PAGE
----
One of the more interesting performers in the state legislature this year has been Windham Senator Peter Galbraith. It was widely noted that the former UN diplomat turned Vermont State Senator is following a unique path that appears to irk many fellow Senators.
And this past week according to VtBuzz
Sen. Peter Galbraith, who has made himself ever-more unpopular with his colleagues, continued on that path Friday.
Galbraith deliberately dragged out the discussion on campaign finance reform by quizzing a fellow Senator at length about minute details of a pending bill. A desperate attempt to halt Galbraith’s mini filibuster was made by Senator Phillip “Phil” Baruth who attempted to enlist Mason’s legislative procedural rules on tedious speechifying as a means of shutting off the verbiage. Senate President Lt. Governor Phil Scott ruled against Baruth. That was in character: the Republican Lite Guv always keeps an eye out for any possibility of minimizing regulation; he probably feared creating a burdensome regulatory precedent that might stifle future tedium.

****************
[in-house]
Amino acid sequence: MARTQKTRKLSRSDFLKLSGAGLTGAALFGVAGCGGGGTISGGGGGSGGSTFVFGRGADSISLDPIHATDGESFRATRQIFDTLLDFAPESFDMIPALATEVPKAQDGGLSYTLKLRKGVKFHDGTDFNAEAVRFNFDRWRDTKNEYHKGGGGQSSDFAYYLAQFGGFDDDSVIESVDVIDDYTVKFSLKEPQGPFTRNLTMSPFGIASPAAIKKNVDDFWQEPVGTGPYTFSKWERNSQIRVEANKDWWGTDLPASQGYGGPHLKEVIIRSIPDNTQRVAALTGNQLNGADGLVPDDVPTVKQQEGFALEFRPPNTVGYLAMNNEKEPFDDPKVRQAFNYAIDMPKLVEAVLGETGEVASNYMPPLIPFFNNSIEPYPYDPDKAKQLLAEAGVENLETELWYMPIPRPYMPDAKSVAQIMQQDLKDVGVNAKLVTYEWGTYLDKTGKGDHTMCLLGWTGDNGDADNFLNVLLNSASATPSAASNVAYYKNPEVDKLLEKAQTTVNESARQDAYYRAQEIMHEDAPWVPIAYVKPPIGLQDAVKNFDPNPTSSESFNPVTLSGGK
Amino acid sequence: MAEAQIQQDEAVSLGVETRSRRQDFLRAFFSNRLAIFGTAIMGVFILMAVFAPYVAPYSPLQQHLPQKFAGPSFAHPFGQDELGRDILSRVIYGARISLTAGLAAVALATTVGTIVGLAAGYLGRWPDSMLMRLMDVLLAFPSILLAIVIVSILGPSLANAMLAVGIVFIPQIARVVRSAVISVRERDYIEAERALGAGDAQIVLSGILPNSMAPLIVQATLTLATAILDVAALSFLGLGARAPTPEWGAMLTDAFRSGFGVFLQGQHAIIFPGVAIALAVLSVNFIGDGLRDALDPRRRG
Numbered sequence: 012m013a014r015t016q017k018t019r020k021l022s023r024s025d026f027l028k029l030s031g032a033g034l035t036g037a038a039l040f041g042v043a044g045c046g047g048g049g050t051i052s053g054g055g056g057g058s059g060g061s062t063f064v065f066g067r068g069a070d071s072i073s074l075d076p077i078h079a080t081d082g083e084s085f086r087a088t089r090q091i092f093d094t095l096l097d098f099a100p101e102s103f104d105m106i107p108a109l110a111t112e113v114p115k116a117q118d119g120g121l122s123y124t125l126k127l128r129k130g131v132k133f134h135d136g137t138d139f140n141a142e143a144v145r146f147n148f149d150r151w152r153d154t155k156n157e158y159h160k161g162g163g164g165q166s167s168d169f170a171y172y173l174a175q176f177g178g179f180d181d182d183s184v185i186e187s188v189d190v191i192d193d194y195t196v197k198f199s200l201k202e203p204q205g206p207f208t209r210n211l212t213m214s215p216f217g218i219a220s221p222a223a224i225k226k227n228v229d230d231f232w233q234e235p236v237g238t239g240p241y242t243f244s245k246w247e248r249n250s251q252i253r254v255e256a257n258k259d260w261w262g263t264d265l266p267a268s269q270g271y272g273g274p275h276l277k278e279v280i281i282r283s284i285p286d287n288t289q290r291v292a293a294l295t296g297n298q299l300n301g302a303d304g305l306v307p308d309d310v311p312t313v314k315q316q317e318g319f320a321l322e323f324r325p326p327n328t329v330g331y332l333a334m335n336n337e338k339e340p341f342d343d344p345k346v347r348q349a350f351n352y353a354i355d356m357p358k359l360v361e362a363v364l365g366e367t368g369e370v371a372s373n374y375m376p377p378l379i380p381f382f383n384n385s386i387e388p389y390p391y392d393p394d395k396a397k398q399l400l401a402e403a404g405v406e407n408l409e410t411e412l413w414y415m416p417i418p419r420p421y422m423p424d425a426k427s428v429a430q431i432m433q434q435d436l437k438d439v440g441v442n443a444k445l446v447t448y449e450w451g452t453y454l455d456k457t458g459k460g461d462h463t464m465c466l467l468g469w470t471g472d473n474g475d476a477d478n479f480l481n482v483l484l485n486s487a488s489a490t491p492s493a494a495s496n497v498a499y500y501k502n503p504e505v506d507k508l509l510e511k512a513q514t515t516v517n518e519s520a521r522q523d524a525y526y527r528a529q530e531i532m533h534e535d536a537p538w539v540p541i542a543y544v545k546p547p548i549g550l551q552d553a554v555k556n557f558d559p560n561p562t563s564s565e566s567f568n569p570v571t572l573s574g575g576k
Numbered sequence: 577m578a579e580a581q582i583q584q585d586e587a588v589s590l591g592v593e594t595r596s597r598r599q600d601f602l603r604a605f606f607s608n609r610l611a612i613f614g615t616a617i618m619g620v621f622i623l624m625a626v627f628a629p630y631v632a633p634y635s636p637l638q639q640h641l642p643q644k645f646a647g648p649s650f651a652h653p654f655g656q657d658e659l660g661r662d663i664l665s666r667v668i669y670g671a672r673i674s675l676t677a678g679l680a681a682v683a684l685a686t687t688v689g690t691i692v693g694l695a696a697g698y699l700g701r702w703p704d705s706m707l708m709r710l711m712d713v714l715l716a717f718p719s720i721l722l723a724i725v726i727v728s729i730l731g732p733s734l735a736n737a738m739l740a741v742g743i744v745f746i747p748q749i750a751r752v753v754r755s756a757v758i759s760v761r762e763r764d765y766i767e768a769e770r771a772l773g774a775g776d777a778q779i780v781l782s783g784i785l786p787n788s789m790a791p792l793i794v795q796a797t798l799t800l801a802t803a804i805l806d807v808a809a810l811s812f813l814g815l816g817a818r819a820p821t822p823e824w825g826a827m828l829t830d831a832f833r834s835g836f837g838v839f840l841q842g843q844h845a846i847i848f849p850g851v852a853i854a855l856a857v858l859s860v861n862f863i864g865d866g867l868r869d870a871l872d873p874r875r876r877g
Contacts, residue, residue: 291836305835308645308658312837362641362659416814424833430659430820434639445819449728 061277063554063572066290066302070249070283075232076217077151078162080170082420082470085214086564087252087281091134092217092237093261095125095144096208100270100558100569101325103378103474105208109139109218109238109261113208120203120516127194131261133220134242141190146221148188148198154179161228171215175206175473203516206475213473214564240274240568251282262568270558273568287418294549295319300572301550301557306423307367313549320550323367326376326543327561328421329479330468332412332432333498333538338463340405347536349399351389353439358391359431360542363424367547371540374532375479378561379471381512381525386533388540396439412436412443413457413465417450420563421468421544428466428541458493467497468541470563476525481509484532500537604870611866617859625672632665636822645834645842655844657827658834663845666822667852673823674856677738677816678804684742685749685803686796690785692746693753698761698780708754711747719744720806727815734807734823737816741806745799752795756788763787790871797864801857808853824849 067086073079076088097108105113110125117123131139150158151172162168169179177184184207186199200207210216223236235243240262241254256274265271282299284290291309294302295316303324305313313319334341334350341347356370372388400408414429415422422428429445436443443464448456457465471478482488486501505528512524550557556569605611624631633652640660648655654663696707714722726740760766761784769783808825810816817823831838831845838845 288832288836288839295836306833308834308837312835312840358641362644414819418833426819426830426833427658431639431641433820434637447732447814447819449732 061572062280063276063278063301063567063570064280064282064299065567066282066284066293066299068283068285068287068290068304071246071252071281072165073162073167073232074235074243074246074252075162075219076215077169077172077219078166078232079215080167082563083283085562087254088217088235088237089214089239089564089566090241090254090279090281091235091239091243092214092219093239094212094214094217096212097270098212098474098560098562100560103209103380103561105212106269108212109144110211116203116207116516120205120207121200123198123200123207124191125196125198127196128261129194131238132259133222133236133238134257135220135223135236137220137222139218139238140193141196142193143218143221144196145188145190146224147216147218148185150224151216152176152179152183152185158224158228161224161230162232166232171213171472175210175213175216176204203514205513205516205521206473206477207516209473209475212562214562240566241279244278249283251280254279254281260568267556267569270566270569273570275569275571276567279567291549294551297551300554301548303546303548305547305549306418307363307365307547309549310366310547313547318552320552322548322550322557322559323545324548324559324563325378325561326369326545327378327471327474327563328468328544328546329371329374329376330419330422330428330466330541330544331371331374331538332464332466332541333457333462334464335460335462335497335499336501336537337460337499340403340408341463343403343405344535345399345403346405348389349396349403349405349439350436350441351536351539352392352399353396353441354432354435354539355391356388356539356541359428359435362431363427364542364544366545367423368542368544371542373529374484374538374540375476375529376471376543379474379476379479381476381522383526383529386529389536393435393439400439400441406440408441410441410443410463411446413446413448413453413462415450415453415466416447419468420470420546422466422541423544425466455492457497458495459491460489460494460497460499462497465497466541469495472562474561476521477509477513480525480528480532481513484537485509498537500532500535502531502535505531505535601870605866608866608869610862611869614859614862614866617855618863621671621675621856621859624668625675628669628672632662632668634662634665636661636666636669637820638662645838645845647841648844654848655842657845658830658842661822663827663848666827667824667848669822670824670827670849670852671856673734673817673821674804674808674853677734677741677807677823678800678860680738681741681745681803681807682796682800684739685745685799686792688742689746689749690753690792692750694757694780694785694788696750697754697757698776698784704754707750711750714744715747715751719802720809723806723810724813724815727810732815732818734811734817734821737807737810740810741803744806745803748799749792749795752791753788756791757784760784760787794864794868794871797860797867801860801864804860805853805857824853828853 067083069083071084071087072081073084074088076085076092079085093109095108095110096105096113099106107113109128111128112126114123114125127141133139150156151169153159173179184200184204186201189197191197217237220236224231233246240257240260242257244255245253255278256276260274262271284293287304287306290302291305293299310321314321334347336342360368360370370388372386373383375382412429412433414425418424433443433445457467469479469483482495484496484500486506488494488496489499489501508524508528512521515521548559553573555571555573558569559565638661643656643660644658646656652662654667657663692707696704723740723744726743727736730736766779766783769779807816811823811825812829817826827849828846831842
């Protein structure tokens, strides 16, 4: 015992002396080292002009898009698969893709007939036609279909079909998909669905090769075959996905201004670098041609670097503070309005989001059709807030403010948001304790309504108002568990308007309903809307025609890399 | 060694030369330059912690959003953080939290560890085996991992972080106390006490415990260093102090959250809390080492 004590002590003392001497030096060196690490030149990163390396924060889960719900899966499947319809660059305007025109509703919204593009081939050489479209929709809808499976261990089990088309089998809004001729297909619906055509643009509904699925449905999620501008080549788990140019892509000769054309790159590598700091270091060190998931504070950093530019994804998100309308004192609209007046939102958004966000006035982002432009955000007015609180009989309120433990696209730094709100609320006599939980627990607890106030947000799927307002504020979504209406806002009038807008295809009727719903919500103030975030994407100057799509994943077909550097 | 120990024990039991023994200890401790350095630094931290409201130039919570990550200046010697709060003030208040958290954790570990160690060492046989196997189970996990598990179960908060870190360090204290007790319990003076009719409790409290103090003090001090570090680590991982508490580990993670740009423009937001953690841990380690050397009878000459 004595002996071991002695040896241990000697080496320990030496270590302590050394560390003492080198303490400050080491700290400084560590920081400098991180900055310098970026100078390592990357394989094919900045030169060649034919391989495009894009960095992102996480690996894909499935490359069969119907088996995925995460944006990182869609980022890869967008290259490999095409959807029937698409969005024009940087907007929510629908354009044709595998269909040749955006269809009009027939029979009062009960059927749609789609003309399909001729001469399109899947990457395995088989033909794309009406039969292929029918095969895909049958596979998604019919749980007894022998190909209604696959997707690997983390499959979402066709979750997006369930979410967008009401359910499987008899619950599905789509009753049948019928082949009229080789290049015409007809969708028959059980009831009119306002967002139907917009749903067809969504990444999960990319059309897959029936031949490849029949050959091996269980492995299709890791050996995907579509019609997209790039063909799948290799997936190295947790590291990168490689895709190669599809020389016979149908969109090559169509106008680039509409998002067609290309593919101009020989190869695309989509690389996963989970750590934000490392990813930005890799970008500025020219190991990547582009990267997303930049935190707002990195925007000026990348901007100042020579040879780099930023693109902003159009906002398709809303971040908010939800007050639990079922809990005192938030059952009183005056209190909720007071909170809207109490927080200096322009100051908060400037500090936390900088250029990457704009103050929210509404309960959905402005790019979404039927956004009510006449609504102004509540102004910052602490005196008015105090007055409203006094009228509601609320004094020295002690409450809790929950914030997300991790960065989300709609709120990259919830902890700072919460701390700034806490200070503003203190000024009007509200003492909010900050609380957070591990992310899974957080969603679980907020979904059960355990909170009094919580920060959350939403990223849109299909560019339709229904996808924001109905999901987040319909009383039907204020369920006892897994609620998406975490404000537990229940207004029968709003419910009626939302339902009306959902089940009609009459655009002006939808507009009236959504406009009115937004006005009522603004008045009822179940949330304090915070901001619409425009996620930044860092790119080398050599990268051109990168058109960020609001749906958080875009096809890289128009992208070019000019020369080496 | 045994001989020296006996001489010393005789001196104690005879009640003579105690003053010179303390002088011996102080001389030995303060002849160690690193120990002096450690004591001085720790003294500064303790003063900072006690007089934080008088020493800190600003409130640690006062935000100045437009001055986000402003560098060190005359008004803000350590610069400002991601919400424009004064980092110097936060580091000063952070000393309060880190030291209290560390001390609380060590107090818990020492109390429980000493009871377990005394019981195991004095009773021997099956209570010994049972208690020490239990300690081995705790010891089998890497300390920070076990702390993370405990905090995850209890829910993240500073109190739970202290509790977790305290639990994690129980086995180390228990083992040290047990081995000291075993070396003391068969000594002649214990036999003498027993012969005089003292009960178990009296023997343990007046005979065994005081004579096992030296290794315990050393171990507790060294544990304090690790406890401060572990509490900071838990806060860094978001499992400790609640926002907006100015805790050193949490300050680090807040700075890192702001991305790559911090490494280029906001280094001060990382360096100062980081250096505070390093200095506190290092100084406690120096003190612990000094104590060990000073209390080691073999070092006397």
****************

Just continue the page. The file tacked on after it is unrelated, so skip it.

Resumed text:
At the close of the hectic week I am not sure where Galbraith’s one-man legislative grand finale places him on the list of winners and losers. But the long-winded Senator’s antics got me thinking less might be more.
Galbraith haiku? Yes I think it can be done in three lines (take your pick). And happily it is too short to ever be tedious.
Mason’s rules not precedent:
Galbraith on and on.
Baruth, he rose, read
Mason’s rules – not precedent
Great Scott tedious.